to accrual accounting and budgeting, a more complex and time consuming undertaking. The
government intends to produce “whole of government” financial statements (i.e., public
sector—central government) in the future. Australia initially implemented annual accrual-
based departmental financial reporting, and undertook the preparation of “whole of
government” (public sector—central government) financial statements as a separate project.
The whole of government financial statements for a central government represent the
consolidation of the financial statements of the entities including public nonfinancial and
financial corporations that are controlled by the central government.

As a broad guideline, it is suggested that a developed country or a transitional country with
good access to resources may target an overall timeframe of three to five years for full
implementation of accrual accounting. A developing country with resource constraints may
target an overall timeframe of ten years to achieve full implementation, although it may be
possible to complete the implementation in selected areas within a shorter timeframe. Much
of this time would be devoted to ensuring that the essential preconditions for moving to
accrual—reforms of budget classification, cash accounting, and fiscal reporting, etc. as
described above—are implemented. These steps themselves are likely to be complex and
time-consuming in many countries that have basic systems, low capacity, and poor incentives
for reform. Regardless of the timeframe, governments should adopt a staged approach to the
implementation, in accordance with a clearly articulated migration plan. As discussed below,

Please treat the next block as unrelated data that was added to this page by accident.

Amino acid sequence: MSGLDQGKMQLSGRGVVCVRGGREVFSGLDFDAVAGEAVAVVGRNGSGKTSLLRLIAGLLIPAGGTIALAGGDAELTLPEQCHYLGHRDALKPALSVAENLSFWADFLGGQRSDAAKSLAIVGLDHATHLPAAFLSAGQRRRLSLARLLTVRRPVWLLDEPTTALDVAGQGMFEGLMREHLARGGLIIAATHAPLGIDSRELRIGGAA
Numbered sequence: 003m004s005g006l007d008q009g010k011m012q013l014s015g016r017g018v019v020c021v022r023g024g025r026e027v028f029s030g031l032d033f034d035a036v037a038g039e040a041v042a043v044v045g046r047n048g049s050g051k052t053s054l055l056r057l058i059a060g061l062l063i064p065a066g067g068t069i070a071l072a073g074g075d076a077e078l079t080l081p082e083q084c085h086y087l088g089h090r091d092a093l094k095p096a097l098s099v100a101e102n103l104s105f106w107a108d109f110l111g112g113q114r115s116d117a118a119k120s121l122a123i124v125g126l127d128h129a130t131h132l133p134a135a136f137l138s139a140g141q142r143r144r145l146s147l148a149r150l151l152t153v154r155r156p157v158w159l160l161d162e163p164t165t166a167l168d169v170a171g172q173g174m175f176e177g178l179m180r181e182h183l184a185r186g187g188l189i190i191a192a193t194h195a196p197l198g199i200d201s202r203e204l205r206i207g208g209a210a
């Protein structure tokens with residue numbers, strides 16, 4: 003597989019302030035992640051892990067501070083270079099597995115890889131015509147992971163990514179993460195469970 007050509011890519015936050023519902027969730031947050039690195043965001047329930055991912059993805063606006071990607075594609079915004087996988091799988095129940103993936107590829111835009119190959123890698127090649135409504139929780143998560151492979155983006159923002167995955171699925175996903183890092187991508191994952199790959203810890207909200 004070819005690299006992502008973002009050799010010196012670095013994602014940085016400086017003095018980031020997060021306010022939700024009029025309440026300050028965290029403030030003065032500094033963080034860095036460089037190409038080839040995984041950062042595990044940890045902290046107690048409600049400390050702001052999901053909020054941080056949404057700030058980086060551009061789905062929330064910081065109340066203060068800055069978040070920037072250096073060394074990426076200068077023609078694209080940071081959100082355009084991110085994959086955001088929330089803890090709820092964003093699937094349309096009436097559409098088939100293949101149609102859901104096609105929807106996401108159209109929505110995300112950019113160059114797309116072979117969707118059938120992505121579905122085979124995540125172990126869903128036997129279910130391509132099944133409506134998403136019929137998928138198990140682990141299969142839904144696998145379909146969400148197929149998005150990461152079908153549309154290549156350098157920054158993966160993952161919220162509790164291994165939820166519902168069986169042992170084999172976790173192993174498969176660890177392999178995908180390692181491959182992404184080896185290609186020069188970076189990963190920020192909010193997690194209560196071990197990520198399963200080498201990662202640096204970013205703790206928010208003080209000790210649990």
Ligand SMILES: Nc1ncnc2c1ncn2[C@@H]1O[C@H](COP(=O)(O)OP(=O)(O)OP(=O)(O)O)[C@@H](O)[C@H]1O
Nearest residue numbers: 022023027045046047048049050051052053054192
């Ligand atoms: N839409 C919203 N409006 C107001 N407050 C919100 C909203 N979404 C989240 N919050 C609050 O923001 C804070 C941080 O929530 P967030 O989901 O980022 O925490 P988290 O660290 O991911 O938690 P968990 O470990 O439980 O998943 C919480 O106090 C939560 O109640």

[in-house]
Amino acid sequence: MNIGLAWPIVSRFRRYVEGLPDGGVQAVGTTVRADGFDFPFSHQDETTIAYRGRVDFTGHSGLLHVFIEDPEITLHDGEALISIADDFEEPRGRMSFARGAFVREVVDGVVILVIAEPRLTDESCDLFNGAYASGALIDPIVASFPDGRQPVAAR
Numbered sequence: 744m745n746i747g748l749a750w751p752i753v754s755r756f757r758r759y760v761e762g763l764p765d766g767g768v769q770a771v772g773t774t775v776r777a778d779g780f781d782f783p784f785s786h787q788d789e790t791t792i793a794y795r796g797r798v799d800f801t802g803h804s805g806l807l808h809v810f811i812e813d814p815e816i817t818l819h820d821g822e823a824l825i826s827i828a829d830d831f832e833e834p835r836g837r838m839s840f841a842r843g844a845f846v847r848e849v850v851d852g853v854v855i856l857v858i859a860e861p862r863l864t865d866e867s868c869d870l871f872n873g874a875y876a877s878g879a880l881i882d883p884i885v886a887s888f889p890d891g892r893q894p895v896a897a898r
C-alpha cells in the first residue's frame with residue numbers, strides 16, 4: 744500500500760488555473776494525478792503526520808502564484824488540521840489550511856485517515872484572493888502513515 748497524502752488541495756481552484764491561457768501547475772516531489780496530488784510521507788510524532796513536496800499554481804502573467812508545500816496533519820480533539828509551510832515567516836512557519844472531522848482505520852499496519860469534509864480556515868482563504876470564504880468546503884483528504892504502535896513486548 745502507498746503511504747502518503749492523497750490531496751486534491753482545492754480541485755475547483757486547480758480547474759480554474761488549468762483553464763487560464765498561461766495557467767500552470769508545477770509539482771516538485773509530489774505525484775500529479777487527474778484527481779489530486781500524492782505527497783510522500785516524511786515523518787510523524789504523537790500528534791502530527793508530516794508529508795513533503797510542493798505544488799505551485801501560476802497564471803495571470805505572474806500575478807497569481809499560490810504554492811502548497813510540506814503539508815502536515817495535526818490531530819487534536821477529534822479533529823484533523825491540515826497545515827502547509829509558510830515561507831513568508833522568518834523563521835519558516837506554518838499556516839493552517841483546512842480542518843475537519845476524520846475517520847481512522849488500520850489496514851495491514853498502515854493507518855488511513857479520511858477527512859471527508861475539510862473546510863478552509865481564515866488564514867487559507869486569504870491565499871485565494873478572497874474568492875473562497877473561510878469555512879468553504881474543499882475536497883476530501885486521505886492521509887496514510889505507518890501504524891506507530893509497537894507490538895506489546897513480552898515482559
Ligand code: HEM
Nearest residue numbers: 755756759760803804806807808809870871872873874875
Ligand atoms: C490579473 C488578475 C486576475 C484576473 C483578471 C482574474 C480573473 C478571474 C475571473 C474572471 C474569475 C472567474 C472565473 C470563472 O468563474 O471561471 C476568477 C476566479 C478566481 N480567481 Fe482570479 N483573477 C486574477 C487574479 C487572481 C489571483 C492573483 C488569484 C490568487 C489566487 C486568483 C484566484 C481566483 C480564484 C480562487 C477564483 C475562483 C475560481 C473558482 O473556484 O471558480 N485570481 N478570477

the implementation can be staged by business areas (commitment management, cash
management, etc.), by groups of entities belonging to a particular sector (e.g., health), or by
size of public sector entities.

Implementation staging by business areas

Given the complexities involved in identification and valuation of nonfinancial assets, it may
be expedient to initially focus the implementation effort on financial assets and liabilities,
and continue to account for nonfinancial assets on a cash basis. Even within financial assets
and liabilities, it may be possible to phase the implementation so that items such as accounts
payable, accounts receivable, and debts are incorporated into the framework first, while the
more complex issues such as valuation of liabilities arising from certain PPP arrangements,
or nonmarketable equity investments, are addressed at a subsequent stage.

Adopting such a carefully staged approach could facilitate the implementation of accrual
accounting in the selected areas within a shorter timeframe, than the overall timetables for a
full implementation suggested above. For example, many governments already maintain
memorandum (i.e., outside the official books of account) records of accounts payable and
receivable, and debts. For these countries it would not be unduly onerous to incorporate these
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items within a formal accrual accounting framework. The remaining financial assets and
liabilities could then be identified and valued, and this should also not present
insurmountable difficulties for many countries. In this way, the government could produce a
“financial” balance sheet in a relatively short timeframe. The task of identifying and valuing
nonfinancial assets could be completed over longer period. More detailed illustrative